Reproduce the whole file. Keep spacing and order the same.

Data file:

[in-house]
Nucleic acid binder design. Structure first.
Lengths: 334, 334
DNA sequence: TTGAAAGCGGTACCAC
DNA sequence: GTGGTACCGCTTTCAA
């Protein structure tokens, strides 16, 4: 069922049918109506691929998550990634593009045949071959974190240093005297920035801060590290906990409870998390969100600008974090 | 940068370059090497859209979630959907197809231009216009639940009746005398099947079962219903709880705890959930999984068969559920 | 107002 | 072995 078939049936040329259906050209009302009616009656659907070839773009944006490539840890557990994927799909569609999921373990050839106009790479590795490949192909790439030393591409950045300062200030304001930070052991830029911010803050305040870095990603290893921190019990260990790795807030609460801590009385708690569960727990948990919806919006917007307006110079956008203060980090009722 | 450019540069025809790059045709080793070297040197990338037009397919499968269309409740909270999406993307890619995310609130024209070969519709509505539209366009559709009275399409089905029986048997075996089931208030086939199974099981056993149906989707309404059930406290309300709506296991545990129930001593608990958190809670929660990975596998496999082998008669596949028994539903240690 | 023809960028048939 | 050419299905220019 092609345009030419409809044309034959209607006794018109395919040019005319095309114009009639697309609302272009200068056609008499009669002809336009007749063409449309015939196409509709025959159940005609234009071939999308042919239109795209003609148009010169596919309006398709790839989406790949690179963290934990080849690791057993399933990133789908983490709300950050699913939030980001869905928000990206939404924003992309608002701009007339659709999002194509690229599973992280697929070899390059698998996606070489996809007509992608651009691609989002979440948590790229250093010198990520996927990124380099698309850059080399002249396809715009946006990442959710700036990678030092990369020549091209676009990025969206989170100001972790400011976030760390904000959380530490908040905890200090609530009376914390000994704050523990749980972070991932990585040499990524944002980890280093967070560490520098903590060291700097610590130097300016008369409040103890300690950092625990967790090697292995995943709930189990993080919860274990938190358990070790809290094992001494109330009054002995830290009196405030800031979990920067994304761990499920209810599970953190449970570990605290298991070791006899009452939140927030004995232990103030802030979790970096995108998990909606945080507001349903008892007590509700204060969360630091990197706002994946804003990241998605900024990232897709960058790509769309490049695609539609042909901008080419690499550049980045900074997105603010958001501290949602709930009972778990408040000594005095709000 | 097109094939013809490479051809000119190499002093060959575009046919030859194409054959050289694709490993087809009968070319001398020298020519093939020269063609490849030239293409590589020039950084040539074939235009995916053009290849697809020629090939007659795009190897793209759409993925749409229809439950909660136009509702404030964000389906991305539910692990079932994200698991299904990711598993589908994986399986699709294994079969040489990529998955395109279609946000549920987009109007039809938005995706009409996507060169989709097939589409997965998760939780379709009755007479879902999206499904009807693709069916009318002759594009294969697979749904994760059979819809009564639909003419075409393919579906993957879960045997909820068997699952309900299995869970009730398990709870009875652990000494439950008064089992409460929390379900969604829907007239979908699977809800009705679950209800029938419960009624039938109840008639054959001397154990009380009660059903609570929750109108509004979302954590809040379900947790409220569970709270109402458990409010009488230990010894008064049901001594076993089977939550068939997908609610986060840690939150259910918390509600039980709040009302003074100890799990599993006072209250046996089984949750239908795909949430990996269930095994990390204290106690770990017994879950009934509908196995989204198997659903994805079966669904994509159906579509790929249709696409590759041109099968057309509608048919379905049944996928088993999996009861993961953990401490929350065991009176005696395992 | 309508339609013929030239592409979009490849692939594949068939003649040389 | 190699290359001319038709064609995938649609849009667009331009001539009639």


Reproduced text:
[in-house]
Nucleic acid binder design. Structure first.
Lengths: 334, 334
DNA sequence: TTGAAAGCGGTACCAC
DNA sequence: GTGGTACCGCTTTCAA
């Protein structure tokens, strides 16, 4: 069922049918109506691929998550990634593009045949071959974190240093005297920035801060590290906990409870998390969100600008974090 | 940068370059090497859209979630959907197809231009216009639940009746005398099947079962219903709880705890959930999984068969559920 | 107002 | 072995 078939049936040329259906050209009302009616009656659907070839773009944006490539840890557990994927799909569609999921373990050839106009790479590795490949192909790439030393591409950045300062200030304001930070052991830029911010803050305040870095990603290893921190019990260990790795807030609460801590009385708690569960727990948990919806919006917007307006110079956008203060980090009722 | 450019540069025809790059045709080793070297040197990338037009397919499968269309409740909270999406993307890619995310609130024209070969519709509505539209366009559709009275399409089905029986048997075996089931208030086939199974099981056993149906989707309404059930406290309300709506296991545990129930001593608990958190809670929660990975596998496999082998008669596949028994539903240690 | 023809960028048939 | 050419299905220019 092609345009030419409809044309034959209607006794018109395919040019005319095309114009009639697309609302272009200068056609008499009669002809336009007749063409449309015939196409509709025959159940005609234009071939999308042919239109795209003609148009010169596919309006398709790839989406790949690179963290934990080849690791057993399933990133789908983490709300950050699913939030980001869905928000990206939404924003992309608002701009007339659709999002194509690229599973992280697929070899390059698998996606070489996809007509992608651009691609989002979440948590790229250093010198990520996927990124380099698309850059080399002249396809715009946006990442959710700036990678030092990369020549091209676009990025969206989170100001972790400011976030760390904000959380530490908040905890200090609530009376914390000994704050523990749980972070991932990585040499990524944002980890280093967070560490520098903590060291700097610590130097300016008369409040103890300690950092625990967790090697292995995943709930189990993080919860274990938190358990070790809290094992001494109330009054002995830290009196405030800031979990920067994304761990499920209810599970953190449970570990605290298991070791006899009452939140927030004995232990103030802030979790970096995108998990909606945080507001349903008892007590509700204060969360630091990197706002994946804003990241998605900024990232897709960058790509769309490049695609539609042909901008080419690499550049980045900074997105603010958001501290949602709930009972778990408040000594005095709000 | 097109094939013809490479051809000119190499002093060959575009046919030859194409054959050289694709490993087809009968070319001398020298020519093939020269063609490849030239293409590589020039950084040539074939235009995916053009290849697809020629090939007659795009190897793209759409993925749409229809439950909660136009509702404030964000389906991305539910692990079932994200698991299904990711598993589908994986399986699709294994079969040489990529998955395109279609946000549920987009109007039809938005995706009409996507060169989709097939589409997965998760939780379709009755007479879902999206499904009807693709069916009318002759594009294969697979749904994760059979819809009564639909003419075409393919579906993957879960045997909820068997699952309900299995869970009730398990709870009875652990000494439950008064089992409460929390379900969604829907007239979908699977809800009705679950209800029938419960009624039938109840008639054959001397154990009380009660059903609570929750109108509004979302954590809040379900947790409220569970709270109402458990409010009488230990010894008064049901001594076993089977939550068939997908609610986060840690939150259910918390509600039980709040009302003074100890799990599993006072209250046996089984949750239908795909949430990996269930095994990390204290106690770990017994879950009934509908196995989204198997659903994805079966669904994509159906579509790929249709696409590759041109099968057309509608048919379905049944996928088993999996009861993961953990401490929350065991009176005696395992 | 309508339609013929030239592409979009490849692939594949068939003649040389 | 190699290359001319038709064609995938649609849009667009331009001539009639």